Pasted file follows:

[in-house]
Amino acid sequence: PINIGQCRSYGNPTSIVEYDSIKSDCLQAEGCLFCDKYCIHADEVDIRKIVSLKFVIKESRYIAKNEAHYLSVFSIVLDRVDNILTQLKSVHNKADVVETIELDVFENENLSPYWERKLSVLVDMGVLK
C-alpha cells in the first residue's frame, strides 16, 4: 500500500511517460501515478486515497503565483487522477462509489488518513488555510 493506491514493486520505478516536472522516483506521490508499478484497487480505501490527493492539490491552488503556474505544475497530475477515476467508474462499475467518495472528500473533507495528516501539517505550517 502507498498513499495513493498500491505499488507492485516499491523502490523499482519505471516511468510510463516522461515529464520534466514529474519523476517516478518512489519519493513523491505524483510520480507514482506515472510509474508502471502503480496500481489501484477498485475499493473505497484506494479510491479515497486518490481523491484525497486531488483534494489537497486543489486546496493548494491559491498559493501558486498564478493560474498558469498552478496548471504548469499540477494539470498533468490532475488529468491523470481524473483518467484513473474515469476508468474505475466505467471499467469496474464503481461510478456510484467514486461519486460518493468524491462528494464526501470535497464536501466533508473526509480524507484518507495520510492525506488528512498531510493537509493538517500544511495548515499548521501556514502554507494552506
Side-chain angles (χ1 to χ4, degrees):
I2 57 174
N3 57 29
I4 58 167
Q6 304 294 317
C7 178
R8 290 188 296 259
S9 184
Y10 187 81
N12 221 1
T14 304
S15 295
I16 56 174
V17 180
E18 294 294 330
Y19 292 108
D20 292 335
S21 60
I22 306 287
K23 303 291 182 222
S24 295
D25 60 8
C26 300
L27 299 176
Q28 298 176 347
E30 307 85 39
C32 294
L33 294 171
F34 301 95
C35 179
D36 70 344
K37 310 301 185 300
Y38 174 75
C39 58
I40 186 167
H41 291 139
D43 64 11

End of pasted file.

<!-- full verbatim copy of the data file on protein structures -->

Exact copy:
[in-house]
Amino acid sequence: PINIGQCRSYGNPTSIVEYDSIKSDCLQAEGCLFCDKYCIHADEVDIRKIVSLKFVIKESRYIAKNEAHYLSVFSIVLDRVDNILTQLKSVHNKADVVETIELDVFENENLSPYWERKLSVLVDMGVLK
C-alpha cells in the first residue's frame, strides 16, 4: 500500500511517460501515478486515497503565483487522477462509489488518513488555510 493506491514493486520505478516536472522516483506521490508499478484497487480505501490527493492539490491552488503556474505544475497530475477515476467508474462499475467518495472528500473533507495528516501539517505550517 502507498498513499495513493498500491505499488507492485516499491523502490523499482519505471516511468510510463516522461515529464520534466514529474519523476517516478518512489519519493513523491505524483510520480507514482506515472510509474508502471502503480496500481489501484477498485475499493473505497484506494479510491479515497486518490481523491484525497486531488483534494489537497486543489486546496493548494491559491498559493501558486498564478493560474498558469498552478496548471504548469499540477494539470498533468490532475488529468491523470481524473483518467484513473474515469476508468474505475466505467471499467469496474464503481461510478456510484467514486461519486460518493468524491462528494464526501470535497464536501466533508473526509480524507484518507495520510492525506488528512498531510493537509493538517500544511495548515499548521501556514502554507494552506
Side-chain angles (χ1 to χ4, degrees):
I2 57 174
N3 57 29
I4 58 167
Q6 304 294 317
C7 178
R8 290 188 296 259
S9 184
Y10 187 81
N12 221 1
T14 304
S15 295
I16 56 174
V17 180
E18 294 294 330
Y19 292 108
D20 292 335
S21 60
I22 306 287
K23 303 291 182 222
S24 295
D25 60 8
C26 300
L27 299 176
Q28 298 176 347
E30 307 85 39
C32 294
L33 294 171
F34 301 95
C35 179
D36 70 344
K37 310 301 185 300
Y38 174 75
C39 58
I40 186 167
H41 291 139
D43 64 11